California and Arizona citrus items are popular commodities around the globe.

In California alone, 35% of the state’s citrus ends up in markets outside the U.S. and Canada, said Joel Nelsen, president of California Citrus Mutual, Exeter.

Booth Ranches LLC, Orange Cove, Calif., exports up to 30% of its citrus, primarily to South Korea and Japan, but also to other countries in the South Pacific and Middle East, said Neil Galone, vice president of sales and marketing.

There’s no one size that export buyers prefer.

“Export customers in different areas like different sizes, so they tend to take pretty much across the manifest, just as domestic customers do,” Galone said.

Overall, exports seem to be increasing, but numbers can go up and down from year to year based on availability of product and crop sizes in other international producing areas, he said.

California’s citrus has an exceptional reputation, he said. But there is no generic marketing organization that promotes the state’s citrus abroad.

“Everyone does their own,” Galone said.

Galone said he gains an understanding of the international market by visiting foreign marketplaces, seeing what customers’ issues are, checking out retail displays and talking to produce managers and learning about their specific needs.

Alex Teague, senior vice president and chief operating officer for Limoneira Co., Santa Paula, Calif., is optimistic about export potential for the coming season.

“Export channels are opening up, so we expect a very good winter export program,” he said.

The company exports about 30% of its lemons, mostly to Asia and South America, he said.

SunWest Fruit Co. Inc., Parlier, Calif., exports mostly to Japan but also ships a significant amount of navel oranges to Korea, said Doug Sankey, sales manager.

The export movement has been good for the past few years, he said, but it’s important to put up export-quality fruit, which SunWest strives to do.

“Buyers are eager for those exports,” he said.

The Chuck Olsen Co., Visalia, Calif., ships the highest quality lemons to Australia, New Zealand, Japan, Singapore, Malaysia, Hong Kong and South Korea, said Jeff Olsen, vice president.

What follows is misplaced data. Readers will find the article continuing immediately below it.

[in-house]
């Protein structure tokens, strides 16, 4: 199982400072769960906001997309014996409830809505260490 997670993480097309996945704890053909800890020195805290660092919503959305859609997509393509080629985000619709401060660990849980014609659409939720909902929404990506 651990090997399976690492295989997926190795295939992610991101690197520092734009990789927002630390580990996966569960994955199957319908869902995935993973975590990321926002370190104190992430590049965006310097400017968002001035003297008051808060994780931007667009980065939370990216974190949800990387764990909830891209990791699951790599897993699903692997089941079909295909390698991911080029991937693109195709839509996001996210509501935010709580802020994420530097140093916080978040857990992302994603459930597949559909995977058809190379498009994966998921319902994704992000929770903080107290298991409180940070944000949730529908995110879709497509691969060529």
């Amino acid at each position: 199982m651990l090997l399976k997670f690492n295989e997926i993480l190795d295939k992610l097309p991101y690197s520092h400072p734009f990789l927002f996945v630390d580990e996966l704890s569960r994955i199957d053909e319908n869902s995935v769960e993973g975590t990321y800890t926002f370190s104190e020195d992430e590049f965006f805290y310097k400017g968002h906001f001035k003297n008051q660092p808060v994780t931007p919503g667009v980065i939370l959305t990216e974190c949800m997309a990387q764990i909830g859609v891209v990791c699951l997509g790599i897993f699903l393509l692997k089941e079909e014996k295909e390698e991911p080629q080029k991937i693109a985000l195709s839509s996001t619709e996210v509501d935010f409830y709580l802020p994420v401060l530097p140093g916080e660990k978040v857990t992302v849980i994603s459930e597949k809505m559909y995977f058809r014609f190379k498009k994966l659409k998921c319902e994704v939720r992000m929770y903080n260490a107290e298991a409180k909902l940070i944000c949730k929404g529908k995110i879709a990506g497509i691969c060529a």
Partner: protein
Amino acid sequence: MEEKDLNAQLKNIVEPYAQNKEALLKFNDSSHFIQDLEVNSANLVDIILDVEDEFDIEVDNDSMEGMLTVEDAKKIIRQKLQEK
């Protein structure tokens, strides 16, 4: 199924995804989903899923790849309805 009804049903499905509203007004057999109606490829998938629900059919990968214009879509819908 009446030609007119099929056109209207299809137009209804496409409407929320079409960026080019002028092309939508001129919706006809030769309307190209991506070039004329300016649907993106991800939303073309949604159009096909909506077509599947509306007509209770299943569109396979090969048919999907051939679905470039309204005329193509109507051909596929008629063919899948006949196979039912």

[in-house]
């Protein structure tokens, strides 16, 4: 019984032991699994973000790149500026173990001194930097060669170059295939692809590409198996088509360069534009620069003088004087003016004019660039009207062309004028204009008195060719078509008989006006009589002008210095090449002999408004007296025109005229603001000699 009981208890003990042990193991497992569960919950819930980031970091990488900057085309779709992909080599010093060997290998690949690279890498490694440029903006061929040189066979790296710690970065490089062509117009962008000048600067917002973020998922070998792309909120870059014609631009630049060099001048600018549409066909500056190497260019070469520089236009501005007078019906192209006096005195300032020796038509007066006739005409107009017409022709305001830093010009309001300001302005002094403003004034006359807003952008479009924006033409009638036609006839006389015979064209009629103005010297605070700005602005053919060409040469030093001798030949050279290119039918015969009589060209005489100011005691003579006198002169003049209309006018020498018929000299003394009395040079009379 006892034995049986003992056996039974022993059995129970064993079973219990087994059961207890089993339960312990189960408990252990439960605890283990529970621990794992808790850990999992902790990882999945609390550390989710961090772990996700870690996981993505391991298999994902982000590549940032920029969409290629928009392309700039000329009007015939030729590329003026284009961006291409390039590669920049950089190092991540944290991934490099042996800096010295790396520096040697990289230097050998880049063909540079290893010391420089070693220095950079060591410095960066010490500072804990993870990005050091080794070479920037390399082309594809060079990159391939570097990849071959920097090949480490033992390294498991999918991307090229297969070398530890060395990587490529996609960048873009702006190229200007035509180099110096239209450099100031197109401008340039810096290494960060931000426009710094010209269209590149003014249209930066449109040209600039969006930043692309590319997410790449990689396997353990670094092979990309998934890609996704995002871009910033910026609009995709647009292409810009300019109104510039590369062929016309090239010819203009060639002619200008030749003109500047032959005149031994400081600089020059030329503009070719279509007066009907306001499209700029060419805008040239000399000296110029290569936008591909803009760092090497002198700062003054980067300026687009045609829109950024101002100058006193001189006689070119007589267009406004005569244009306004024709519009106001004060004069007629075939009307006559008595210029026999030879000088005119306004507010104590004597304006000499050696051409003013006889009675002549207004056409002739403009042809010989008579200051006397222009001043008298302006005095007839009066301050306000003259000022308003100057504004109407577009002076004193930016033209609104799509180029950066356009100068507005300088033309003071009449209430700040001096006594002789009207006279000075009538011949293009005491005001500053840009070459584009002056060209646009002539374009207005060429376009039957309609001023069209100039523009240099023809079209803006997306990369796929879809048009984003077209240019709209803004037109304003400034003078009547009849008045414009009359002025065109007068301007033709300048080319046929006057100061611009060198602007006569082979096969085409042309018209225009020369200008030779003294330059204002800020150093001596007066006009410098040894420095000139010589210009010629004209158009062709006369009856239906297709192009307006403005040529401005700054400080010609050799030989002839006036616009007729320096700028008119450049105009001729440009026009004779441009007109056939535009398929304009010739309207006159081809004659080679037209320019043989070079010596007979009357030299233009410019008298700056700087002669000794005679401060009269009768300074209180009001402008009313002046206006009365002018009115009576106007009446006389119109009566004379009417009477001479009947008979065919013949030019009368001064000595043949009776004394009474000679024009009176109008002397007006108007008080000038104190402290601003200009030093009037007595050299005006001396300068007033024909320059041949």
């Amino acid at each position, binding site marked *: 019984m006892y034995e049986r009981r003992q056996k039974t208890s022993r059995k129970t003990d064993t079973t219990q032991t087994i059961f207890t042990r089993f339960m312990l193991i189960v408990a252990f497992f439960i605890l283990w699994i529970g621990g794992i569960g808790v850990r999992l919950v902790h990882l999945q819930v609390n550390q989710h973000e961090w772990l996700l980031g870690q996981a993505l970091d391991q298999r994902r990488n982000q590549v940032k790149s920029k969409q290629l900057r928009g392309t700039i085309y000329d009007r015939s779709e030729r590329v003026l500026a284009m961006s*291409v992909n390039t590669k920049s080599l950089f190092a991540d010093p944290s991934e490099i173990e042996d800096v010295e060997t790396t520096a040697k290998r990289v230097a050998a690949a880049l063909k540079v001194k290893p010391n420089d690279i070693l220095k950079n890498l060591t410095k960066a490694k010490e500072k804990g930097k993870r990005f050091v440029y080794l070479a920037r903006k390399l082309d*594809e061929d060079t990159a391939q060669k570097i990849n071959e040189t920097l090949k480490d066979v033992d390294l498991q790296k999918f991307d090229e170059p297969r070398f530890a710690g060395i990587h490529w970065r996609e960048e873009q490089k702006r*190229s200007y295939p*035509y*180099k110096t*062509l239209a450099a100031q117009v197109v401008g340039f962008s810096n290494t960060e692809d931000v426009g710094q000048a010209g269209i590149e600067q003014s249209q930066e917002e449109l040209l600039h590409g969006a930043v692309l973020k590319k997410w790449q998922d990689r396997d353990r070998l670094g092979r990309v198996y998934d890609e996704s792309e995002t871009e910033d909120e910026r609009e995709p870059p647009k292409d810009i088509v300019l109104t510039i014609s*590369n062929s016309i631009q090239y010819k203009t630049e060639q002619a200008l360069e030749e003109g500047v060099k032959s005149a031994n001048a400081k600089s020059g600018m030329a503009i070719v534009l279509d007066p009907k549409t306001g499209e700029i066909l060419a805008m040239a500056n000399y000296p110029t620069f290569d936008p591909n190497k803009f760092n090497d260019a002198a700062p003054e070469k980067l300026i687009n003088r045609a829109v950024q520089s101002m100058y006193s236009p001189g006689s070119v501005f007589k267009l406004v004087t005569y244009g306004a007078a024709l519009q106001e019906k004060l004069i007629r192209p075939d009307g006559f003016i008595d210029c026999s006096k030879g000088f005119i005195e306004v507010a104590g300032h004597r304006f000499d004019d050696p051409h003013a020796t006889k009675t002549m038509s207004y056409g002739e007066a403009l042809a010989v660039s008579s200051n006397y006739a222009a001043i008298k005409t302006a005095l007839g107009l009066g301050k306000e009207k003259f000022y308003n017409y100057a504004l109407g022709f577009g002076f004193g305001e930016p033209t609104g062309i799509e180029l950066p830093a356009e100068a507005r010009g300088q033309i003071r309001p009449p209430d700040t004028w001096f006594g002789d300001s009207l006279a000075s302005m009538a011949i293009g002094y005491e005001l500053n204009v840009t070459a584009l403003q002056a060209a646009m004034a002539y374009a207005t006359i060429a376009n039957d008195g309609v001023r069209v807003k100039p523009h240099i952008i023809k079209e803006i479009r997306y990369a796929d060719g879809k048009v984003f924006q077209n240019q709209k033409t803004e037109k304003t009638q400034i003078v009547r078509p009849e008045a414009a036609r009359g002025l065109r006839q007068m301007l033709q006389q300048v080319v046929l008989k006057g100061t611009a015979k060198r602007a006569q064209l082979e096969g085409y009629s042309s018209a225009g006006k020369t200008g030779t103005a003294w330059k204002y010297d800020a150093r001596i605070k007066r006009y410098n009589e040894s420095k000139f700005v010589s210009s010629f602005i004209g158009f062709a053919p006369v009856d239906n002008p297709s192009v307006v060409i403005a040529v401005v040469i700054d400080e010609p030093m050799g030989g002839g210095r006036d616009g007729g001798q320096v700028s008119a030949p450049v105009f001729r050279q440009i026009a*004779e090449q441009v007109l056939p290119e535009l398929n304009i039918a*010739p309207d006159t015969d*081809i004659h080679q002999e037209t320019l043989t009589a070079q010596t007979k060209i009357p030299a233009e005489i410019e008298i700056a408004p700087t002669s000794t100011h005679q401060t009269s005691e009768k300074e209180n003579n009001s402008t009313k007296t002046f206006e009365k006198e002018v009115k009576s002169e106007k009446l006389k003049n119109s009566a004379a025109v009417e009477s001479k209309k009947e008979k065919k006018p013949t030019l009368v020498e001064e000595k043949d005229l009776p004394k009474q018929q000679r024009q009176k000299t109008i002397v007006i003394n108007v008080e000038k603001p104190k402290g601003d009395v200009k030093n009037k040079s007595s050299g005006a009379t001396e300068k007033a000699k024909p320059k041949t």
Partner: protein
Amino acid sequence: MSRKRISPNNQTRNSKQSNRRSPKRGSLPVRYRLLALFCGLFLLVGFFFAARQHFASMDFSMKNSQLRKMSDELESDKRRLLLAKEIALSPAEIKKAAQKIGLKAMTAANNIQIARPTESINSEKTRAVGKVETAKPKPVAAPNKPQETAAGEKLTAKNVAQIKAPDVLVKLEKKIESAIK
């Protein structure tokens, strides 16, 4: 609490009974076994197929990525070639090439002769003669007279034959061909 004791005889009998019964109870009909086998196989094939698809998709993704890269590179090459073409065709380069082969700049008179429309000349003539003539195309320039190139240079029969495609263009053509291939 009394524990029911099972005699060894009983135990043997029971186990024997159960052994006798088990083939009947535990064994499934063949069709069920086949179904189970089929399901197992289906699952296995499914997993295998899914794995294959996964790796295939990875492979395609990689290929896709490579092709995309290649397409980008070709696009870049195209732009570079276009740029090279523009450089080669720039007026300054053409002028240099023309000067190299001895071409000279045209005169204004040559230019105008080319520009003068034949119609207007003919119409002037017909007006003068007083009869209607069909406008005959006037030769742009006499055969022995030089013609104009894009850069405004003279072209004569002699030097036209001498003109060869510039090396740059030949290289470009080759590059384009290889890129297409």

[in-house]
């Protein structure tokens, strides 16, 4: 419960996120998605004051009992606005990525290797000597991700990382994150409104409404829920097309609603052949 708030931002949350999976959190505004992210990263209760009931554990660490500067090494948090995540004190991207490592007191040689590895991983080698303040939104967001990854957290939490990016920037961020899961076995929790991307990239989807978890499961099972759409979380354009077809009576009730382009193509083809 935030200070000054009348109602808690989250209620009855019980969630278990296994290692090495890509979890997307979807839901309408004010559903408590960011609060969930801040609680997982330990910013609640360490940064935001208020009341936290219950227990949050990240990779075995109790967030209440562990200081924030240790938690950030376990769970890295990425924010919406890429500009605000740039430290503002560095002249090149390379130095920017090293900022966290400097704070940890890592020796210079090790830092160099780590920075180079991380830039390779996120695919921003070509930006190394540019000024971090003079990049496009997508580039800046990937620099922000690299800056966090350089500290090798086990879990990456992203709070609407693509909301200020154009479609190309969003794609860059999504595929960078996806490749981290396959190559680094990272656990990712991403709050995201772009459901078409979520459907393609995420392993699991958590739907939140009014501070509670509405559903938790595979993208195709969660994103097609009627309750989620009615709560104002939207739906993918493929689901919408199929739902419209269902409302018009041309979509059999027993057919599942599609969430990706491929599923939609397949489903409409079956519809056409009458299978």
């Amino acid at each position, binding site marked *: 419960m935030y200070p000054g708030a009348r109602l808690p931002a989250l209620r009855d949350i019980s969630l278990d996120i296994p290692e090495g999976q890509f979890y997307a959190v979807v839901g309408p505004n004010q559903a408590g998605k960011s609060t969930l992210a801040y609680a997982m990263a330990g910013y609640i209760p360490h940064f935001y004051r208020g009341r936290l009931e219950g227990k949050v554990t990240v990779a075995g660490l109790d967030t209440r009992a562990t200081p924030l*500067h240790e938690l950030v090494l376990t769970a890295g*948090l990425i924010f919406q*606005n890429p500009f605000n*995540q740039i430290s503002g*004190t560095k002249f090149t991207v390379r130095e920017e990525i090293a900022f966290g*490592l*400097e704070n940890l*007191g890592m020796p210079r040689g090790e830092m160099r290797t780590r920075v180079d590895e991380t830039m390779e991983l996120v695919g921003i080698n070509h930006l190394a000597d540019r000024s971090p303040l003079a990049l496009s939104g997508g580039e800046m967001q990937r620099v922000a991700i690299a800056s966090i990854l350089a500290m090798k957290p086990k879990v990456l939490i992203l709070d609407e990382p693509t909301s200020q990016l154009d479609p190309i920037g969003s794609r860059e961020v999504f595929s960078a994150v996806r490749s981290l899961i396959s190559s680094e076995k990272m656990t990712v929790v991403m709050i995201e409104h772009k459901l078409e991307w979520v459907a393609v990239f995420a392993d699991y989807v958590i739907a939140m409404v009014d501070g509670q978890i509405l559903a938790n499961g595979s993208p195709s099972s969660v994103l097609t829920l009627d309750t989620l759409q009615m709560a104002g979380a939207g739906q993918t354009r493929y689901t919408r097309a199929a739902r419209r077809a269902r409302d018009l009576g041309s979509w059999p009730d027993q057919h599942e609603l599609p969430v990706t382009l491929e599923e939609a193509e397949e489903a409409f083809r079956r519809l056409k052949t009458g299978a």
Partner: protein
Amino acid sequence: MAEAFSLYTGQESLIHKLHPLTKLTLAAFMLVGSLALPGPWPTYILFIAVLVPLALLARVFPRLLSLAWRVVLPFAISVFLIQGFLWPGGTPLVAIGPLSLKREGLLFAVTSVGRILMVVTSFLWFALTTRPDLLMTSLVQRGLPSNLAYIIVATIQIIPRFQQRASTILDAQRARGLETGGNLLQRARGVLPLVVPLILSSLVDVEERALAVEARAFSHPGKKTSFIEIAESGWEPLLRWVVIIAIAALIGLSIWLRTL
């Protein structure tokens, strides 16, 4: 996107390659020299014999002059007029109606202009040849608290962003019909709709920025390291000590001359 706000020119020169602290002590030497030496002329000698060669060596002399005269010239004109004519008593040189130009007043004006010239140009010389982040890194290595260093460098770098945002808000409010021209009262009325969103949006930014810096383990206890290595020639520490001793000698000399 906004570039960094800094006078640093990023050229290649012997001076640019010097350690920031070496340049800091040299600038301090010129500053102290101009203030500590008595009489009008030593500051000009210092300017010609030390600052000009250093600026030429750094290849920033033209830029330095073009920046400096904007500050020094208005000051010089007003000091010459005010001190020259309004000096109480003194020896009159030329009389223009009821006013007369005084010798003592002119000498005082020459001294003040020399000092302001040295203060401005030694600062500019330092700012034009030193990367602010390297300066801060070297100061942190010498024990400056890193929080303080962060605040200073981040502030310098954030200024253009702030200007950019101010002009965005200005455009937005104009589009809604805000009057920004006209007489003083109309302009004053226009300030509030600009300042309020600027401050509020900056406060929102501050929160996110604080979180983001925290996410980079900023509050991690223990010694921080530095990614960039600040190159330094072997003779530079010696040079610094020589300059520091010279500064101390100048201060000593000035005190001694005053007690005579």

“Export demand is good,” he said.

Japan and South Korea are the primary markets for Cecelia Packing Corp. in Orange Cove, said Randy Jacobson, sales manager.

Export volume varies from year to year, he said, but foreign sales were up last year, with more product going to Japan.

“Our programs are season specific,” he said.

The company’s export program includes navel and cara cara oranges and minneolas.

Jacobson thinks export buyers look forward to California citrus, but he said they have many alternatives.

Early season demand is not as strong as it once was, he said, “but later in the season, there is still pretty good demand for California navel oranges.”

Bravante Citrus in Reedley, Calif., exports to South Korea, Hong Kong and Southeast Asia, said Mike Keeline, salesman.

Each market has its own manifest of what it wants, but that can vary from year to year, he said.

He anticipates a good export year this season, with the company exporting up to 35% of its crop.

South Korea is not an export destination of Mulholland Citrus in Orange Cove, said Fred Berry, director of marketing.

That’s because, with tariffs and competing fruit out of China, it does not make economic sense to ship there now, he said.

Instead, the company exports to Central America, South America, Australia, New Zealand and Southeast Asia.